Your thyroid gland is one of the largest glands of the endocrine system and the hormones it releases affect virtually every cell in your body. The thyroid has been likened to a thermostat that affects how fast or slow processes happen in your body. The thyroid also plays a key role in growth and development in children. Your thyroid gland is a butterfly-shaped gland in the front of your neck, just below your voice box (larynx). The hormones made by the thyroid gland interact with all of the other hormones in your body including cortisol, insulin and your sex hormones. This helps to explain why there are such a variety of symptoms and systems affected when thyroid hormones are out of balance.
The thyroid produces several hormones including T4 and T3. The number labeled on each thyroid hormone represents the number of iodine atoms that are attached to each hormone. Around 80 percent of the thyroid output is T4 and the other 20 percent is T3. T4 is an inactive hormone, while T3 is the active form. The majority of T4 is converted to T3 in the liver and kidneys, while a lesser amount is converted by the micro biota (bacteria, fungi) in your digestive system. The amount of thyroid output is regulated by thyroid-stimulating hormone (TSH) which is released by the pituitary gland in the brain.
Symptoms of Thyroid Dysfunction
It is estimated that up to 40 percent of our population is affected by suboptimal thyroid function. The majority of dysfunction is low thyroid output (hypothyroidism) while an overactive thyroid is referred to as hyperthyroidism. Hypothyroidism causes an overall decrease in metabolic rate which in turn can cause a variety of symptoms including fatigue, depression, unexplained weight gain, intolerance to cold, constipation, low heart rate, decreased appetite, poor memory, hair loss, dry skin, coarse hair, stiff muscles and infertility. Hyperthyroidism leads to an increased metabolic rate creating symptoms such as intolerance to heat, tremors, anxiety, weight loss, increased appetite, hair loss, increased bowel movements, irregular menstrual cycles, rapid and irregular heartbeat, palpitations and retraction of eyelids resulting in a “staring” appearance.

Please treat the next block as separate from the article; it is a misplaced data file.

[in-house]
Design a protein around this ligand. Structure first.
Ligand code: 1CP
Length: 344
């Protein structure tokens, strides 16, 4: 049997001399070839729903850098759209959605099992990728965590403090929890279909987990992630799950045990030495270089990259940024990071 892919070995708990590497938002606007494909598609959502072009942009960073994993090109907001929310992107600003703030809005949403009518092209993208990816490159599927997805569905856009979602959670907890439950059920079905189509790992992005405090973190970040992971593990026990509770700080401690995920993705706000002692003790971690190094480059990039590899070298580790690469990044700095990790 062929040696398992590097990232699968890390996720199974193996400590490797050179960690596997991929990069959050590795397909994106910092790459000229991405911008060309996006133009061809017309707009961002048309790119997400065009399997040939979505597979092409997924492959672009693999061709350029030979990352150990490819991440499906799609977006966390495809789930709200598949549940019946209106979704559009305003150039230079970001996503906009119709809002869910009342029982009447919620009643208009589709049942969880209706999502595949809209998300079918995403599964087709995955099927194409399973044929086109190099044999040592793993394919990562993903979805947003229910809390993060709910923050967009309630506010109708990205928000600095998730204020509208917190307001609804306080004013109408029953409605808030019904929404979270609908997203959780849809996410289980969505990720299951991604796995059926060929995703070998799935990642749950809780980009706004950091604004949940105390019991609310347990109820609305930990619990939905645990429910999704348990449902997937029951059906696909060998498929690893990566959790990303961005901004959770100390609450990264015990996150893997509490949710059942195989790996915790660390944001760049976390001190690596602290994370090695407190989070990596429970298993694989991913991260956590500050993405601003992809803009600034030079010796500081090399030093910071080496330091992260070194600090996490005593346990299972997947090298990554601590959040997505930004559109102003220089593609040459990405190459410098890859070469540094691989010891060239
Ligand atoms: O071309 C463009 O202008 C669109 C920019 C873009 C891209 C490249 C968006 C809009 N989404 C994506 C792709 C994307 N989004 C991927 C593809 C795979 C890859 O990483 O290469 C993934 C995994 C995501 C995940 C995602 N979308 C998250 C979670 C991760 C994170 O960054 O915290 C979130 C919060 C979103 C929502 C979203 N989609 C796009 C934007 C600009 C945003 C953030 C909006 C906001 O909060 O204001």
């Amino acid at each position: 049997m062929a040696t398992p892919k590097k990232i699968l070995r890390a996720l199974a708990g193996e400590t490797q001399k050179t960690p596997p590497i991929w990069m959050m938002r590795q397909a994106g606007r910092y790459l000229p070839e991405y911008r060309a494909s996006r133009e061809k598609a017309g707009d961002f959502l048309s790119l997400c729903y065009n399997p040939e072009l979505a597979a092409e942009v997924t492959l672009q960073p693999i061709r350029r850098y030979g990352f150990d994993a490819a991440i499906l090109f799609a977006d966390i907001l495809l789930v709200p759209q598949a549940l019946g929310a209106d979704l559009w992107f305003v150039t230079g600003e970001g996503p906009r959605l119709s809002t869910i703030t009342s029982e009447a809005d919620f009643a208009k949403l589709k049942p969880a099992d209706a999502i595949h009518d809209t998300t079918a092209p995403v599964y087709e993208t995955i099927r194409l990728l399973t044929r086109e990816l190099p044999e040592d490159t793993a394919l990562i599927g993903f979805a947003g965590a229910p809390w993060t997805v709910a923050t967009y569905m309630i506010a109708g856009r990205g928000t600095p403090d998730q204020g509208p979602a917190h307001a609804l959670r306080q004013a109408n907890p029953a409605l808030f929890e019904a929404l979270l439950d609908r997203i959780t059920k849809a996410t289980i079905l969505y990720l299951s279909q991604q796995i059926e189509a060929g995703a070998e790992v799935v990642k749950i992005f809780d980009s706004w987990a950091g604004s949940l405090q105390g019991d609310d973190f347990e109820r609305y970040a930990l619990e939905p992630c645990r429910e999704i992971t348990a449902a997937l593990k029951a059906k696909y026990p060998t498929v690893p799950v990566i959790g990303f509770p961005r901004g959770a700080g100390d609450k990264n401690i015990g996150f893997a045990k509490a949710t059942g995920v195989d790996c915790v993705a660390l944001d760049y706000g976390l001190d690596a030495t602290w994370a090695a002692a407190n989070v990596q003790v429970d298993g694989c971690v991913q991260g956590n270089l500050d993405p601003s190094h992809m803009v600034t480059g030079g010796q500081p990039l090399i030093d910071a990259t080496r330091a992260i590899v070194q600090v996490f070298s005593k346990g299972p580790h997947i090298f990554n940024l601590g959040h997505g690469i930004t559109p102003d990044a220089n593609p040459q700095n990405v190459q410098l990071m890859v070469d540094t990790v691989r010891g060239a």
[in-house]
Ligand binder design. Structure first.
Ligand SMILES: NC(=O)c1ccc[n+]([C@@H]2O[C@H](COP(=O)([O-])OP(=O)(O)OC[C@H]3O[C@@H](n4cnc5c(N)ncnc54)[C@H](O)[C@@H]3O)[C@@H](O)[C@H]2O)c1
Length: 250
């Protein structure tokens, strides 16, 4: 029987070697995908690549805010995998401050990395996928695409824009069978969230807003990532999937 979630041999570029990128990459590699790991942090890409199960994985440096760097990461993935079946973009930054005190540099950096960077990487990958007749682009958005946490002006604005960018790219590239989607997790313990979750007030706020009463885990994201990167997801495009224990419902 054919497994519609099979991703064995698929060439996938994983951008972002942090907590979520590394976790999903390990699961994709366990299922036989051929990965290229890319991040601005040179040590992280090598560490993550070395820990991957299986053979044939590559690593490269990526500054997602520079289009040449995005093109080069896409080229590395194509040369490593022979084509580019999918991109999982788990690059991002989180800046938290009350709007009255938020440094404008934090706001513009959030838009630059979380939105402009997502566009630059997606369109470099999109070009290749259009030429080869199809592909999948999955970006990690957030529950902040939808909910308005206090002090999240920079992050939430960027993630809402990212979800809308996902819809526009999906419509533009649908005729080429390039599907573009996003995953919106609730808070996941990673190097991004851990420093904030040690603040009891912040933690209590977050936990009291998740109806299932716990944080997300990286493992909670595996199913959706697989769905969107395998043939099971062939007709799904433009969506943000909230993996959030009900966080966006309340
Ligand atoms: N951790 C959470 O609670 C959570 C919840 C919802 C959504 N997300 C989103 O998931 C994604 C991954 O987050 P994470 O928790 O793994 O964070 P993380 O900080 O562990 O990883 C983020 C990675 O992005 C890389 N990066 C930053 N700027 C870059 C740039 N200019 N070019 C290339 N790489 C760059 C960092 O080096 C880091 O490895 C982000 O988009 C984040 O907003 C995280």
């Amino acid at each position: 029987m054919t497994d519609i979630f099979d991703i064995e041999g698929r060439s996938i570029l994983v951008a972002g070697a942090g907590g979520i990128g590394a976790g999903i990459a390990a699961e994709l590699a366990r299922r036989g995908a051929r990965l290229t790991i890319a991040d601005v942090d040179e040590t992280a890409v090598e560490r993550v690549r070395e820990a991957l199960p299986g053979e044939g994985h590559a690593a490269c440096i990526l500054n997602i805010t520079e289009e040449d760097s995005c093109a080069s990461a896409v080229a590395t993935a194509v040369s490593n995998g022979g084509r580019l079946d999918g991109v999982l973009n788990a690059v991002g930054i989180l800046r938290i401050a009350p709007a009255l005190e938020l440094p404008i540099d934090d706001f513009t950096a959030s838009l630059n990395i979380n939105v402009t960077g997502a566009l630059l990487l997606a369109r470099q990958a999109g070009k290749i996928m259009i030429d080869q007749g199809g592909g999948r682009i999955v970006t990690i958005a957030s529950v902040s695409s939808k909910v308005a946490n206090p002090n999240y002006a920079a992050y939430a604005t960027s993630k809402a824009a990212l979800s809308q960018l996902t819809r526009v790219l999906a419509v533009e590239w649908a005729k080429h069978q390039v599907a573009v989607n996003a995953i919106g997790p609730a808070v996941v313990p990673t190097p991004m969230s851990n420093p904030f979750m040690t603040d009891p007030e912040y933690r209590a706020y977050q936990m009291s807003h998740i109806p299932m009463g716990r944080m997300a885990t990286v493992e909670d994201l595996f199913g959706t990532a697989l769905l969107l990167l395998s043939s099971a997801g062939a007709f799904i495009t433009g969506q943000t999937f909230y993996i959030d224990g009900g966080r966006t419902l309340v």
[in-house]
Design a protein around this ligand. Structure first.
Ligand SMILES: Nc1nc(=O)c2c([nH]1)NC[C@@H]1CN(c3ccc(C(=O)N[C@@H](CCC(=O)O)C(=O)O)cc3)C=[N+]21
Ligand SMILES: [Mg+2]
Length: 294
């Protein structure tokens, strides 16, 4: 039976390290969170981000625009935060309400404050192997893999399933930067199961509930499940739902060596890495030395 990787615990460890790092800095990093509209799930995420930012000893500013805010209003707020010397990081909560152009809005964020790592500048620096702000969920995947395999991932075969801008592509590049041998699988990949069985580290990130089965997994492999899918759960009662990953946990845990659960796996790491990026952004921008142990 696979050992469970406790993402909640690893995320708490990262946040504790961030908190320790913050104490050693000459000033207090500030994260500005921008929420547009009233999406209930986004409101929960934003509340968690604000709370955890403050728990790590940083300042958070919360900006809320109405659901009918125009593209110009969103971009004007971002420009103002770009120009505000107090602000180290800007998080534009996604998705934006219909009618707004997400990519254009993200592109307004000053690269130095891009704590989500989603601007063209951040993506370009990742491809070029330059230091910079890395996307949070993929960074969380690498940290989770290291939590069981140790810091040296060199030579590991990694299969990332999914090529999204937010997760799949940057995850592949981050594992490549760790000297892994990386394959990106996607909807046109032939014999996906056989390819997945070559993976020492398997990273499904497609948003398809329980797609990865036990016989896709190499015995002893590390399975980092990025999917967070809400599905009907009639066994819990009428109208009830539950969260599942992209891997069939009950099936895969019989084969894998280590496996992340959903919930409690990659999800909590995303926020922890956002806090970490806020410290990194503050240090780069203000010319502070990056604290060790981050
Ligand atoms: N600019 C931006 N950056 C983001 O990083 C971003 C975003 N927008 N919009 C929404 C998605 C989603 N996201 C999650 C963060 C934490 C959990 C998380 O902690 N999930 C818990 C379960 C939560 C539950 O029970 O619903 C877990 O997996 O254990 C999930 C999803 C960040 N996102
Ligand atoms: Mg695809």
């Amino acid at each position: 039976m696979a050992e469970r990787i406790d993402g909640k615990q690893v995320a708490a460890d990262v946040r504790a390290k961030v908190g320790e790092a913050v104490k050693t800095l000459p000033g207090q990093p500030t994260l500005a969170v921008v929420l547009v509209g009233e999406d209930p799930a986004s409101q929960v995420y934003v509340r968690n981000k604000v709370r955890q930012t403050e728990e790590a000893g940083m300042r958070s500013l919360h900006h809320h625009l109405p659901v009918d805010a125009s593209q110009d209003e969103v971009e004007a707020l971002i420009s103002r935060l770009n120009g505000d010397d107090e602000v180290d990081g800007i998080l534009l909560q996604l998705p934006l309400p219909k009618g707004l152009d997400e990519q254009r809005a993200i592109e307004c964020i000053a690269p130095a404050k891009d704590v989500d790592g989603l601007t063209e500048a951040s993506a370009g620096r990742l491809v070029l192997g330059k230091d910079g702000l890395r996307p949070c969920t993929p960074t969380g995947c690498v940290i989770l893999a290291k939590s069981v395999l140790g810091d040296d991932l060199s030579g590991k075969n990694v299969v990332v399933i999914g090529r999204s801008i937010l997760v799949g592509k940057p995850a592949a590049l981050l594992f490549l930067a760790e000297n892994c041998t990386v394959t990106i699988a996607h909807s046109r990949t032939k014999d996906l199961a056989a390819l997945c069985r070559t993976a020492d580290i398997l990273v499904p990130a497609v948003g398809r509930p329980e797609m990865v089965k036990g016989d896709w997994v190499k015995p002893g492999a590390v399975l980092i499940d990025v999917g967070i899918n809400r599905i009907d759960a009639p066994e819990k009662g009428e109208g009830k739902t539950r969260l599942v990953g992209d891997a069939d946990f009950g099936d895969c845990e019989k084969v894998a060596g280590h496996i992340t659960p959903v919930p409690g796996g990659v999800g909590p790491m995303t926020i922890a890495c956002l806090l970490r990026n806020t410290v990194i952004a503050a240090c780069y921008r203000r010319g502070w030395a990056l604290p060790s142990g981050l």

Testing for Thyroid Dysfunction
The gold standard for diagnosing thyroid dysfunction is measuring blood levels of TSH. Many cases of thyroid dysfunction are missed or overlooked when this is the only test that is ordered. If you suspect your thyroid is not working properly, it is best to have a comprehensive thyroid panel performed including TSH, thyroid antibodies, free T4, free T3, and reverse T3.
Contributors and Causes of Thyroid Dysfunction
There are numerous causes and contributors that lead to thyroid dysfunction. Identifying and addressing these factors can help to improve the function of your thyroid gland.
Nutritional Deficiencies—Iodine and selenium are trace minerals that are essential to healthy thyroid function. It is estimated that up to 40 percent of the worldwide population is at risk for iodine deficiency. Highly processed and refined diets are stripped of these vital minerals.